#MeToo in the modeling industry: “There’s definitely been instances where I’ve felt unprotected and moments where I found myself in situations that were uncomfortable. The fashion industry is so relaxed and casual, there’s this expectation on models that the more up for it you are, the better, the further you’ll go along in your career…. With modelling, it’s always been deemed as not a real career and there’s a lot of expectation on girls that the better the model you are, the quieter you are and the least amount of fuss you make.”

One thing she’d like to see changed: “For the first time some designers put private changing areas backstage at New York Fashion Week. I’ve done countless fashion shows where you’re in a room, undressing, photographers flying around, people with iPhones, all the crowd and audience coming after the show and you’re still half dressed, people are taking photographs of you whilst you’re getting changed. It blows my mind that that’s acceptable.”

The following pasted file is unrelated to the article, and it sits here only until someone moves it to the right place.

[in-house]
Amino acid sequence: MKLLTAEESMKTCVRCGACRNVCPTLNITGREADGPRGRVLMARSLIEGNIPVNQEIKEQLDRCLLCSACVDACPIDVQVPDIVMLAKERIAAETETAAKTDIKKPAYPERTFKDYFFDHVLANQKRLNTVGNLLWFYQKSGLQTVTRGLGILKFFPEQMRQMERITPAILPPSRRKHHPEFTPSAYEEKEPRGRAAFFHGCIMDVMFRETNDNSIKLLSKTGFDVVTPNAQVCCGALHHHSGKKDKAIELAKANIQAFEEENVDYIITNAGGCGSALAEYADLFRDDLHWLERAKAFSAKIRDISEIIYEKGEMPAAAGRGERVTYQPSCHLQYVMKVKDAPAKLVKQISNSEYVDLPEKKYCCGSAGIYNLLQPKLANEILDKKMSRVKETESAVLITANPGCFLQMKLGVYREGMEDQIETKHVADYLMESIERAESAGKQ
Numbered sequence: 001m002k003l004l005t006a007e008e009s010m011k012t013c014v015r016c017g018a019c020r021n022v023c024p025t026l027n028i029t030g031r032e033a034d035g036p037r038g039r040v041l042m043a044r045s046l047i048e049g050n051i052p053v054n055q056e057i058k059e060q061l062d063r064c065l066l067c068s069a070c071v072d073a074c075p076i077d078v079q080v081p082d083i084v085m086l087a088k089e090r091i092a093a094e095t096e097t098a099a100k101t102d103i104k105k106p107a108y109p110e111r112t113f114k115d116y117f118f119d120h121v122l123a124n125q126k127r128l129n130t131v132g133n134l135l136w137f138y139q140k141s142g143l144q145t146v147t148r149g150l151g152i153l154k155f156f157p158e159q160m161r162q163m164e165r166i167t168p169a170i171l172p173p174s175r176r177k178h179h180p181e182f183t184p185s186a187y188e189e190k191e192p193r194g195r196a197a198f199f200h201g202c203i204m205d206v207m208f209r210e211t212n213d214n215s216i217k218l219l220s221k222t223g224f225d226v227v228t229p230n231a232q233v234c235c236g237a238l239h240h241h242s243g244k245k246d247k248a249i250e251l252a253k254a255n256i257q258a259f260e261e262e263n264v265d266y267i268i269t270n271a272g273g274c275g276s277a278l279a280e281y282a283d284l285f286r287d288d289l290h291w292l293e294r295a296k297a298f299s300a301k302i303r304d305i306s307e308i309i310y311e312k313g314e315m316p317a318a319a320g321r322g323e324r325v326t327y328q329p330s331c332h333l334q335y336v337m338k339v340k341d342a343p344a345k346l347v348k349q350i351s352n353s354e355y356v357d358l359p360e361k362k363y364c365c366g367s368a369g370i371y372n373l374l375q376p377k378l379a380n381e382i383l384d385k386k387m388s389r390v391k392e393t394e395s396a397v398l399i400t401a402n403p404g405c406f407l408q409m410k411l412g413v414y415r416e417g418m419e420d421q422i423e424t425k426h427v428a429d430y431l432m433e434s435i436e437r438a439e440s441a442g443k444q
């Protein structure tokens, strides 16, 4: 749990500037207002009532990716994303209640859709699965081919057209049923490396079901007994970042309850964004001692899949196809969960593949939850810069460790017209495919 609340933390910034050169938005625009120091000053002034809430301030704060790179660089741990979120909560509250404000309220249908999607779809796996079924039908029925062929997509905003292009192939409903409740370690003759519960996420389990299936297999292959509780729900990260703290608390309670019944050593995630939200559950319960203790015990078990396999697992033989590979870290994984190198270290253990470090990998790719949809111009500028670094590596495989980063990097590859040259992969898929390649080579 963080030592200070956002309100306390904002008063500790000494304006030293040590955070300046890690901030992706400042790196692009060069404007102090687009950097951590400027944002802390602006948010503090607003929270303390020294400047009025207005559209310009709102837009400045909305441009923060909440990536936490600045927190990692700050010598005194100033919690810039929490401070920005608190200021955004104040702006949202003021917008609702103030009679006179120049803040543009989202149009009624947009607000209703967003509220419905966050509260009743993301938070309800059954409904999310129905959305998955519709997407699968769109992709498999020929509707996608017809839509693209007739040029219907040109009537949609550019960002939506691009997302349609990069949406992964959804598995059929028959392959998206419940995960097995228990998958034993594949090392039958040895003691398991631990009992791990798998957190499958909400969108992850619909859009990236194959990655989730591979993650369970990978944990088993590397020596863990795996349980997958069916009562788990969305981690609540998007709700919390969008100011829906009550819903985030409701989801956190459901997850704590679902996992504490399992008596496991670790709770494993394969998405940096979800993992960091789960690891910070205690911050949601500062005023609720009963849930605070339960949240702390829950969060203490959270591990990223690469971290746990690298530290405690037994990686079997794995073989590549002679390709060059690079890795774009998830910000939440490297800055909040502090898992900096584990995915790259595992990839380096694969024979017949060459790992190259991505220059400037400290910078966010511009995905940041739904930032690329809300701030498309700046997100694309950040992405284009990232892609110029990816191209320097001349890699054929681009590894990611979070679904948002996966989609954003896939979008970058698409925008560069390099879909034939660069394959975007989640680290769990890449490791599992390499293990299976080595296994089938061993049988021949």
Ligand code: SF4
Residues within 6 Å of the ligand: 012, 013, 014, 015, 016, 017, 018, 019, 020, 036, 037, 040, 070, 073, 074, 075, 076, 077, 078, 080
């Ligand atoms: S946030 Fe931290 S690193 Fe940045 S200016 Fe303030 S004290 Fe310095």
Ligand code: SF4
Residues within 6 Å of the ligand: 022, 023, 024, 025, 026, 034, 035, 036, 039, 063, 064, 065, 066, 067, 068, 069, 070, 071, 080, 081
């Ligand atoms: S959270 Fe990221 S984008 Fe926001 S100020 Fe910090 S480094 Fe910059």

Her baby, Jack, is 10 months old: “I took a bit of time off and had my baby; I tried to take the time at home to enjoy those first special months with my family. I have a wonderful personal life with lots of love and fun.”

Raising a feminist son: “I think it’s so much about raising boys and girls the same. I love the book by Chimamanda Ngozi,” We Should All Be Feminists, “I saw her TED talk and it was very inspiring. It’s about raising girls and boys with the same values; communication and respect. That’s how I was brought up, it’s how the people I love were brought up, and they are the values I hope to instil in my loved ones.”

She’s not all about diet & exercise: “I eat well because I want to be healthy but it’s not something that I feel super passionate about. Some people are connected to food and nutrition in a way that they want to sing about it all the time. For me, I work out, I try and eat well. It’s not like I’m the new Jane Fonda. Food is my biggest vice. Cheese, bread… It’s getting harder to eat what I want.”

[From Harper’s Bazaar Arabia]